The Food and Drug Administration unveiled changes to food labels at the White House Thursday. Among the proposed changes in what FDA Commissioner Margaret Hamburg calls “new and improved, more user friendly” labels:
• Calorie counts will be in bigger, bolder print than other facts.
• Grams of added sugars, whether they come from corn syrup, honey, sucrose or any other source, will be shown in one number.
• Serving sizes will reflect portions people typically eat, as shown by studies — meaning they will be bigger than serving sizes are now on many products. Therefore, foods and drinks that people typically consume in one sitting — such as 20-ounce bottles of soda — will be labeled as single servings.
• “Calories from fat” will be gone, while total fat, saturated and trans fats remain, reflecting science showing the type of fat people eat is more important than the amount.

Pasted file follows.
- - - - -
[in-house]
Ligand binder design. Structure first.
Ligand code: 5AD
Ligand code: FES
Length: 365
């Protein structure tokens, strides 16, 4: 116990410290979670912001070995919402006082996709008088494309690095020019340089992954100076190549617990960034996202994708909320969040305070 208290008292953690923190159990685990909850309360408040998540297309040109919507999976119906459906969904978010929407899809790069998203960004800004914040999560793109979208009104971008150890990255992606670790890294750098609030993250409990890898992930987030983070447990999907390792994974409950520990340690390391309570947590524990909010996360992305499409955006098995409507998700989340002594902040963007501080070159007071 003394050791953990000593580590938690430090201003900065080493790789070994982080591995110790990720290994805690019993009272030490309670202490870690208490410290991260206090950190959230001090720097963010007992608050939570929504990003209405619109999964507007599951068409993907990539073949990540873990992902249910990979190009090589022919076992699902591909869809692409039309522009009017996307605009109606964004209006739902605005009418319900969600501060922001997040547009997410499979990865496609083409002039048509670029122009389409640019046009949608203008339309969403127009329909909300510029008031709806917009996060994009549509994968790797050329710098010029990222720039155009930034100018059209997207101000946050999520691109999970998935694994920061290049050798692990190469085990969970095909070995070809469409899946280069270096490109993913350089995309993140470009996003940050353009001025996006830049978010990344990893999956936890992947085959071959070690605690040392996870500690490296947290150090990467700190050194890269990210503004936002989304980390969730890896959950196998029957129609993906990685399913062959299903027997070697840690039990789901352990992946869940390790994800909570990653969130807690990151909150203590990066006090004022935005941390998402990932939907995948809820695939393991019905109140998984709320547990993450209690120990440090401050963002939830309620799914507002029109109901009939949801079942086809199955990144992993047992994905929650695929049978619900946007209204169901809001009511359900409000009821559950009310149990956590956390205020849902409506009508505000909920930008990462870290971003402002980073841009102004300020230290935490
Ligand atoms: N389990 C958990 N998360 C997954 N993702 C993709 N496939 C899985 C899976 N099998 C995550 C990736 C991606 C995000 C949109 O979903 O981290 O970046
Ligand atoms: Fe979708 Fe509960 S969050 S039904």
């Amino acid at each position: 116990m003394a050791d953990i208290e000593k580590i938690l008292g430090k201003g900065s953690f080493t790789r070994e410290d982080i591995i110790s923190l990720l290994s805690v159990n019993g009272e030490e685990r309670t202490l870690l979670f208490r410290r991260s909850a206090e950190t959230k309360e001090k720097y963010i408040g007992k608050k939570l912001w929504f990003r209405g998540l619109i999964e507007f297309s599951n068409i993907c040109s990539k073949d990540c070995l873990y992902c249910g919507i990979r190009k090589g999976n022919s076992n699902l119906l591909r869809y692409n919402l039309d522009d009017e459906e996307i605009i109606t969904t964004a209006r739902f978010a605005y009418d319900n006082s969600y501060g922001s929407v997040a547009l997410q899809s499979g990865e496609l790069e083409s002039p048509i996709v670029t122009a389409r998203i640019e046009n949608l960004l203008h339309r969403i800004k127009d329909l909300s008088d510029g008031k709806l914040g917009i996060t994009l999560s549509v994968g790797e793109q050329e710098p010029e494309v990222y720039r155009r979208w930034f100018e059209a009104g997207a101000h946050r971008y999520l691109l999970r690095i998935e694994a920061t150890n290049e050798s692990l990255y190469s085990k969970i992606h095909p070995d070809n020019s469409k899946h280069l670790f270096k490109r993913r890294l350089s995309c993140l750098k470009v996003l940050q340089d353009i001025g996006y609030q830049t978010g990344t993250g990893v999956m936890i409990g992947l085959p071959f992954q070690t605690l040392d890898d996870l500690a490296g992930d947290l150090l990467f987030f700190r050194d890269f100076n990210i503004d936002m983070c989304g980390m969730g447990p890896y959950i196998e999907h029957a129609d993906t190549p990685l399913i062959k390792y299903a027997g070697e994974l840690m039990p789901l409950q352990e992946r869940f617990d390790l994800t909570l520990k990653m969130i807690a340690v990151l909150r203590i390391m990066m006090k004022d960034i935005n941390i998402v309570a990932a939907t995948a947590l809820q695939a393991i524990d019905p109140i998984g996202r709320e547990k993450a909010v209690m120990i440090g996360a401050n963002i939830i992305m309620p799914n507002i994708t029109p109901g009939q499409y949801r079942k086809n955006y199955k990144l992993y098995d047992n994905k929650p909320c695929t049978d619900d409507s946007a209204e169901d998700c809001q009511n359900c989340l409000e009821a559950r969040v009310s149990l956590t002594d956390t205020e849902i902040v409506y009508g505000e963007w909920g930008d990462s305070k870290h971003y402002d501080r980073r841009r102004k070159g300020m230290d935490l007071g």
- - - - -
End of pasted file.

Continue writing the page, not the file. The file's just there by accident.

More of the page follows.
• Labels will list vitamin D and potassium instead of vitamins A and C, reflecting shifting concerns about common deficiencies in American diets.
The main question is whether the changes will actually lead more consumers to read and use the information to eat fewer calories and watch their consumption of everything from sugar to sodium and fiber.
You can read the FDA’s proposed changes here.